In May, Chelsea was crowned the Premier League champion for the second time in three seasons. It’s a success many think will be seen this time around as well. But according to Creditsafe, there’s one particular league it fails spectacularly in.
The Credit Worthiness Premier League was borne from a combination of financial factors, industry analysis and directors’ history to assess risk of insolvency. An algorithm then assigned each club a rating. And, as in most cases, high ratings come from good scores – and sound finances.
It was suggested that despite having a turnover of more than £335m, Chelsea had the worst score of the league – and would promptly have found itself relegated. Following in its steps were Newcastle United and Brighton Hove Albion, which had a credit rating of 27 and 21 respectfully – a score of 46, displayed by West Ham, was the cut-off point.
Unfortunately, Chelsea was one point behind, with an assigned rating of 45. This was, Credit safe explained, largely due to its poor debt/asset ratio – and the fact that it took, on average, 28 days beyond agreed payment terms to pay invoices.
Rachel Mainwaring, operations director at Creditsafe UK, explained: “Unfortunately the success of Chelsea last season has not been reflected in its position in our alternative Premier League, as the club slips into the relegation zone, down from 13th in last year’s table.
“As we have seen through the release of clubs’ financial reports and the transfer fees being paid this summer, football clubs are now dealing in extremely large sums of money. With this being a trend set to continue, having a credible credit record will enable Premier League clubs to demonstrate solvency, secure funding and deliver success to the fans.”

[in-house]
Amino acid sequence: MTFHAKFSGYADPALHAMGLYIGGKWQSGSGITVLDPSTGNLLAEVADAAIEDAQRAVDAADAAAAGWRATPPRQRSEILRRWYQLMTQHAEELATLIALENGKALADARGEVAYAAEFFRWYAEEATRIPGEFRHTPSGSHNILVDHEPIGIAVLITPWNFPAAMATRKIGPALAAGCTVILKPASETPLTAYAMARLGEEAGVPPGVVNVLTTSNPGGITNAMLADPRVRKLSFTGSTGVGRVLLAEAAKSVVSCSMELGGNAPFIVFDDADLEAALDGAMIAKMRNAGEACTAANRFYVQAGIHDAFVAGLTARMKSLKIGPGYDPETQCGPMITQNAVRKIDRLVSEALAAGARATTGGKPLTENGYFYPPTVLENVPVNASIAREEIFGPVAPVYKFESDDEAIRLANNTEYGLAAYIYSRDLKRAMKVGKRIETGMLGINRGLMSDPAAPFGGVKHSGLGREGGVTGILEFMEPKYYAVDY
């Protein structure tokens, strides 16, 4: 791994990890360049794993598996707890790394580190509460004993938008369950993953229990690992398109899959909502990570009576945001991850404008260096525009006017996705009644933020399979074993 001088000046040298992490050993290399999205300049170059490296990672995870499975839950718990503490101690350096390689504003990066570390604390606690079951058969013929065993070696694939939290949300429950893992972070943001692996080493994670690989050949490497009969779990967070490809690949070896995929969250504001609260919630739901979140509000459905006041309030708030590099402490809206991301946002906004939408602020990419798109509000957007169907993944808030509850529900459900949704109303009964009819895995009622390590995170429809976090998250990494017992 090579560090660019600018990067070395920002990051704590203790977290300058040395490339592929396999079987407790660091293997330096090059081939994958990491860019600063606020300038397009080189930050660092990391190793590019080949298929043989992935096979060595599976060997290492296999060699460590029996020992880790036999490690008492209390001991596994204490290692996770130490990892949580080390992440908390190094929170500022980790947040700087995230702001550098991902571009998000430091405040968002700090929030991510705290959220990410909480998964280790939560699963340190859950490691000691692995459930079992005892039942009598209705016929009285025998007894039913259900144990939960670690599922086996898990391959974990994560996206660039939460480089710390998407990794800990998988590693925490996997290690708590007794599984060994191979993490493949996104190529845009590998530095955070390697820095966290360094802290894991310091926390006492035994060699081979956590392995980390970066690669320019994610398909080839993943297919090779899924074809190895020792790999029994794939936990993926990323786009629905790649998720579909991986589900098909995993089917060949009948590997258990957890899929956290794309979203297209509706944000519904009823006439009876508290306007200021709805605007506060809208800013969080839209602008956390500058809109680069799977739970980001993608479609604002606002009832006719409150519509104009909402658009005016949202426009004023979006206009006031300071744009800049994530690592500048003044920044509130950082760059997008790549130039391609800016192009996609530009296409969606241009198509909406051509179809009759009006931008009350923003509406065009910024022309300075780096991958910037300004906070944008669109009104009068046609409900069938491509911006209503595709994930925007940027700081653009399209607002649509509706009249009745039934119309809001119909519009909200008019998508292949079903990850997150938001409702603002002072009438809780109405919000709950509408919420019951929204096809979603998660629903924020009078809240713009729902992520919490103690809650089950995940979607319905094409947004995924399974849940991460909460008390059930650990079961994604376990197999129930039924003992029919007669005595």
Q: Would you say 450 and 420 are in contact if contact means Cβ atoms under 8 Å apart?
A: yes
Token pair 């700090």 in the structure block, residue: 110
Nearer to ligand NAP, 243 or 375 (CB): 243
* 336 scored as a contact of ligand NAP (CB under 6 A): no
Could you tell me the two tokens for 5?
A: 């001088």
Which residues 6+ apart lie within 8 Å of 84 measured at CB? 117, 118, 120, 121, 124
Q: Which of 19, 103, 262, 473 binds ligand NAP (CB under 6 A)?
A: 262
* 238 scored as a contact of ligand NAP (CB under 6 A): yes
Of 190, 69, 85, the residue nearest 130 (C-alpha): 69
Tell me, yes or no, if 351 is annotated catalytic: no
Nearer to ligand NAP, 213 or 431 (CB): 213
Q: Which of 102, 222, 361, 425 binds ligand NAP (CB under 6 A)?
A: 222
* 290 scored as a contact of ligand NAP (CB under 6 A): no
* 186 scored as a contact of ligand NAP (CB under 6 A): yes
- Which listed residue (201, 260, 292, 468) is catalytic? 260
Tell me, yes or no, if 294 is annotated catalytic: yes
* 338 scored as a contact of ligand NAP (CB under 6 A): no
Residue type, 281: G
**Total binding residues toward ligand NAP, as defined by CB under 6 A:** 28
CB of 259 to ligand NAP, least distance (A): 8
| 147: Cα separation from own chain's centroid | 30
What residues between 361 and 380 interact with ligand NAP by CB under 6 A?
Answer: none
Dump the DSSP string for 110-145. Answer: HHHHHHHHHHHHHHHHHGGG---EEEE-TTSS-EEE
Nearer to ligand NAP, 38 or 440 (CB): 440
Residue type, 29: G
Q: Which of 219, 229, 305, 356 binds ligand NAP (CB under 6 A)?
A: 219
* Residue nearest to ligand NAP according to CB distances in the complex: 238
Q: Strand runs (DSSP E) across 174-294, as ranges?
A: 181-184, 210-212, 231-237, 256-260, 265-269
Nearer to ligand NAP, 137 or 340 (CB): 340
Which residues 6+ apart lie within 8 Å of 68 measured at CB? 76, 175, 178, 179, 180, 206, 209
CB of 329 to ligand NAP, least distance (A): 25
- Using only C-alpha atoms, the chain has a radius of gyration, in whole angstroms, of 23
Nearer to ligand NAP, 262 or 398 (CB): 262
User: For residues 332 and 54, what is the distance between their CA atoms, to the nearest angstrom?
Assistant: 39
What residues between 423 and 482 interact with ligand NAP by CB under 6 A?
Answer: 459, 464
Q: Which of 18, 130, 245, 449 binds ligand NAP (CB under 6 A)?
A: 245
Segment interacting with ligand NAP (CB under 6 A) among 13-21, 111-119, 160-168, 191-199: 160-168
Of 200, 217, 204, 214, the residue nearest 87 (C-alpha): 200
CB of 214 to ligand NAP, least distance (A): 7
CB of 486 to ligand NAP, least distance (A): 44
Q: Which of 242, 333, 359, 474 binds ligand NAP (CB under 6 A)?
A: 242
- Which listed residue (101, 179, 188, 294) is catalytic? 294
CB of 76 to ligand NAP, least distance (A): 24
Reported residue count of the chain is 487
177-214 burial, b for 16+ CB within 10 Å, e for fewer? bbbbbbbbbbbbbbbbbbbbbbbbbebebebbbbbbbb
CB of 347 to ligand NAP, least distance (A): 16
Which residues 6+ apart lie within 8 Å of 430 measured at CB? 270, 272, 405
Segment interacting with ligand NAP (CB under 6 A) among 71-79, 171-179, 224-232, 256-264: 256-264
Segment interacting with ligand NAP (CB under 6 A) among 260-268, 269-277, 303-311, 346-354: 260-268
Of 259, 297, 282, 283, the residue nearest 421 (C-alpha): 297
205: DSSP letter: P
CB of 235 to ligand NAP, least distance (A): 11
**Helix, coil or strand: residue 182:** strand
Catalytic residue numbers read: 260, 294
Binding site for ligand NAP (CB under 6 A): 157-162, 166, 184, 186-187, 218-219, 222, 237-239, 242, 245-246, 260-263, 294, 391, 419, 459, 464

At the other end of the table sits Manchester City, crowned with a rating of 96. It jumped up from sixth place last year and sits just ahead of Leicester City with 93 – the leader of the previous league.
The former seems to have come a long way since Creditsafe’s prior analysis, where Northern Powerhouse clubs, the likes of Manchester City and Manchester United, were dropped into the relegation zone due to unpaid invoices – £27,381 and £857,183 respectively at the time.
And just as Manchester City now tops the charts, so too does Manchester United find itself ranked among the top ten, with a credit score of 83.
Nonetheless, Mainwaring opined, “with all the money that is available to its top clubs, late payment is rife. This is a problem for businesses dealing with the wealthy premier league clubs, who find themselves with a potentially dangerous financial shortfall.”
Below is the ranking in full: